• Take a long deep breath – I know it’s kind of stereotypical, but that’s only because it works. Stopping to shut out the world long enough to take a deep breath helps get your attention off of whatever is stressing you. Breath control also triggers physiological responses that produce a calming effect.
  • Exist in the moment – When you’re taking that deep, slow breath focus all of your attention on it. Nothing else exists, there is no past, no future, there is only the experience of that breath. Understanding that the past is gone and the future doesn’t yet exist helps you focus on the present moment. When you do that, you find there’s no need to worry about the future anymore.
  • Accept the stress – If you’re still feeling stressed after doing some controlled breathing, confront that feeling. Acknowledge the fact that you’re stressed, and dismiss it. Tell yourself that you understand why you’re so stressed, but you don’t need to be anymore and let all those feelings drift away. It sounds like hippie stuff, but trust me – it works.
  • Face your fears – If you’re stressed out from worry or fear, and the realization that the future doesn’t exist and is nothing to be scared of hasn’t helped, play through the worst case scenario in your mind. Chances are, unless you’re going to literally die as a result of failure, the worst case scenario isn’t the end of the world. Once you see that even if everything fails you’ll still be fine, you can brush away the fear and be present enough in the moment to succeed.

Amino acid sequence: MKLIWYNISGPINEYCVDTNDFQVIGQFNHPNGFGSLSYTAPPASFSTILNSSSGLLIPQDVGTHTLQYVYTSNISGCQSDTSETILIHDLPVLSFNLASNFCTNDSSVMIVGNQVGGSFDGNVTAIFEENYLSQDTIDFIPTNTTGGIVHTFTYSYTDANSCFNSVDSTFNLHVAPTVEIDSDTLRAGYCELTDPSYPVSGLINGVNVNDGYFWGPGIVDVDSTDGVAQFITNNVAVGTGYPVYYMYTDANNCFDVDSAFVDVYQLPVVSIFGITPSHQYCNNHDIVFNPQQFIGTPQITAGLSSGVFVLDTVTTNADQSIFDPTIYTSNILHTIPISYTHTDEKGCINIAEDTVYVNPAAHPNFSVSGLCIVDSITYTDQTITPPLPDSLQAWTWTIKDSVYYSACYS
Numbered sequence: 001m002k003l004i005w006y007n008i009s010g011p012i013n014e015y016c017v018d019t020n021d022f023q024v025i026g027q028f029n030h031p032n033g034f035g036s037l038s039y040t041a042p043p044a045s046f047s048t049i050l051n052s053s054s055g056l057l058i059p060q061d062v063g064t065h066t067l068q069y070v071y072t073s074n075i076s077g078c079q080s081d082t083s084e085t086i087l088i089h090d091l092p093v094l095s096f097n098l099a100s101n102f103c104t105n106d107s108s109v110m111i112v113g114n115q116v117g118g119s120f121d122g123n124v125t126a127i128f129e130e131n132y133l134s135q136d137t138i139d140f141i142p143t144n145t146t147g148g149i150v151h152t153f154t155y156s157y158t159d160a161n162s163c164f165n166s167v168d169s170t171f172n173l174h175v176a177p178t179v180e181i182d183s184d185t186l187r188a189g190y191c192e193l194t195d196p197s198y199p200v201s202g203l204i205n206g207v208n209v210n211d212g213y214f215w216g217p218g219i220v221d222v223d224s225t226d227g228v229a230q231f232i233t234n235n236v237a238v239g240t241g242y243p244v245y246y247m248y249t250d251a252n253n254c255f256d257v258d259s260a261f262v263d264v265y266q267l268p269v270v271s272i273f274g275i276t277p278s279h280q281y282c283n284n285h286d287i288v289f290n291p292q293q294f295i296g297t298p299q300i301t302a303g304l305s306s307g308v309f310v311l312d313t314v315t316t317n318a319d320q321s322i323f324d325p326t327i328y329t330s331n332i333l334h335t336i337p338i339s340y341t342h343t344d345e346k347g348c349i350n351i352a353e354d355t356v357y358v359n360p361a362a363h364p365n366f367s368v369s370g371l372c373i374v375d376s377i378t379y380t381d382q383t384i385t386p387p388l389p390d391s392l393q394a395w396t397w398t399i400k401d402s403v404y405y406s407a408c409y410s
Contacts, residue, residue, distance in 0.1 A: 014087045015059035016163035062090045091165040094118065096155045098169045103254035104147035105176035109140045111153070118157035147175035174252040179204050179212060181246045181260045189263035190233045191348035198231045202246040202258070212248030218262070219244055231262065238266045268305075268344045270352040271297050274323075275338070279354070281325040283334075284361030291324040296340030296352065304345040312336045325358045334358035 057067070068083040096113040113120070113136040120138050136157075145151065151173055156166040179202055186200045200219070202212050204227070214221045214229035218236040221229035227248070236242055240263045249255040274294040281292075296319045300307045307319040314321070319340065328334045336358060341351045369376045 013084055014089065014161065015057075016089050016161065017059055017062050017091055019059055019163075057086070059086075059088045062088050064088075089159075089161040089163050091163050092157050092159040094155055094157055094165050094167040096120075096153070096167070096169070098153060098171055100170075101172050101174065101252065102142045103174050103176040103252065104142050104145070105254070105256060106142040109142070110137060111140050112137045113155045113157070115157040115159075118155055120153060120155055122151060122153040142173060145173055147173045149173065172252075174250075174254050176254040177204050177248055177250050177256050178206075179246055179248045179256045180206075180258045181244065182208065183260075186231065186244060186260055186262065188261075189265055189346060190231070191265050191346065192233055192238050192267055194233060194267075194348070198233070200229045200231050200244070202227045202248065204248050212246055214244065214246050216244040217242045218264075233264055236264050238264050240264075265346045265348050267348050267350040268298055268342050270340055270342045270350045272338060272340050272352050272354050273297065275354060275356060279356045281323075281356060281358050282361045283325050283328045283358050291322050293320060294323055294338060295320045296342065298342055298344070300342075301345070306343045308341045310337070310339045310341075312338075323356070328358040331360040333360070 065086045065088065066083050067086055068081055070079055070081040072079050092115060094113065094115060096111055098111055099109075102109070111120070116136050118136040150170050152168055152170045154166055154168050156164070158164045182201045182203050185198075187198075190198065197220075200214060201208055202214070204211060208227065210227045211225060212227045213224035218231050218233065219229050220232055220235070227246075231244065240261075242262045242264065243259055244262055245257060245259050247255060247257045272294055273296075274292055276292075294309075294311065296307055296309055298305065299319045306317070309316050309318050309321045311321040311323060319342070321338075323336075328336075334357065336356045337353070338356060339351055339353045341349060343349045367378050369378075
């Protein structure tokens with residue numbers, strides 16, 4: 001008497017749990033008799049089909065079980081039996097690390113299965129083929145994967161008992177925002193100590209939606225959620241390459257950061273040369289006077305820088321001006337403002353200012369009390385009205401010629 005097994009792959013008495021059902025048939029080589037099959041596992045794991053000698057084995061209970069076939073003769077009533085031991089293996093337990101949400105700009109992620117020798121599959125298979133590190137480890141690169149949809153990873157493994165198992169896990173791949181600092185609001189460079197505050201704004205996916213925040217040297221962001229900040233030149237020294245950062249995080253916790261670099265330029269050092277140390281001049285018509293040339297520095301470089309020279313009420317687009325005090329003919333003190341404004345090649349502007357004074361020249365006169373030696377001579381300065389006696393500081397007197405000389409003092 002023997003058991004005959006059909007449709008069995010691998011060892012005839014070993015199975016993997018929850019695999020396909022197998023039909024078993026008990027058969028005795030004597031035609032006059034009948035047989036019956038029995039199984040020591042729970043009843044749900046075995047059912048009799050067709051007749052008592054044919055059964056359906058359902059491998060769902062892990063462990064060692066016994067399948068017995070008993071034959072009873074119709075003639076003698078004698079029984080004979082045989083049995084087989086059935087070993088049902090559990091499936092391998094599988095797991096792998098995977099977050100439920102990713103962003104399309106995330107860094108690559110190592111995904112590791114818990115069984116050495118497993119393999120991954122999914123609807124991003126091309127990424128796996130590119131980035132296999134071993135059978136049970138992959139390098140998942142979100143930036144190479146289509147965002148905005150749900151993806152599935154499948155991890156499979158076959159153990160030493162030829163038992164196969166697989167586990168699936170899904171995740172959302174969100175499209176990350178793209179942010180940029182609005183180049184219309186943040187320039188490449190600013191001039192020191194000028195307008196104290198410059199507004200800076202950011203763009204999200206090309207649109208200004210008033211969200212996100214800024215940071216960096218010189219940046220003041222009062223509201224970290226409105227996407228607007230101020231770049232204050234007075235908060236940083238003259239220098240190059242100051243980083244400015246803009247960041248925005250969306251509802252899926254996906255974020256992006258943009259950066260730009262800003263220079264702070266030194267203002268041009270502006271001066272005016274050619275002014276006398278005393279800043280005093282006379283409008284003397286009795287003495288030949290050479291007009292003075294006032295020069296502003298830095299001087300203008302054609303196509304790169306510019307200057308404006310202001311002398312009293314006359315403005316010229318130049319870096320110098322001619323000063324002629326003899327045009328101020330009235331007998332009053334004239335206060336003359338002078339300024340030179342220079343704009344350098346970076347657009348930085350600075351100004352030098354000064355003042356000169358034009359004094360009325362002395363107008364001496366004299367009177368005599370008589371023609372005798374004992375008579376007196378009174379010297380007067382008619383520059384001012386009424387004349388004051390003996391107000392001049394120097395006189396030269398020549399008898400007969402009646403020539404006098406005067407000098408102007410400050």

These are just a few ways, there are even more involved methods like meditation, the point is just to get you started.

The more you teach yourself to let go of worry and stress and be present, mindful and relaxed the more successful and happy you’ll become. All because of a particularly enlightening game of Mario Kart.

Do you have any other tried and true methods for learning to let go of stress? Have you stumbled upon any other great truths while playing video games? Share them with us in the comments!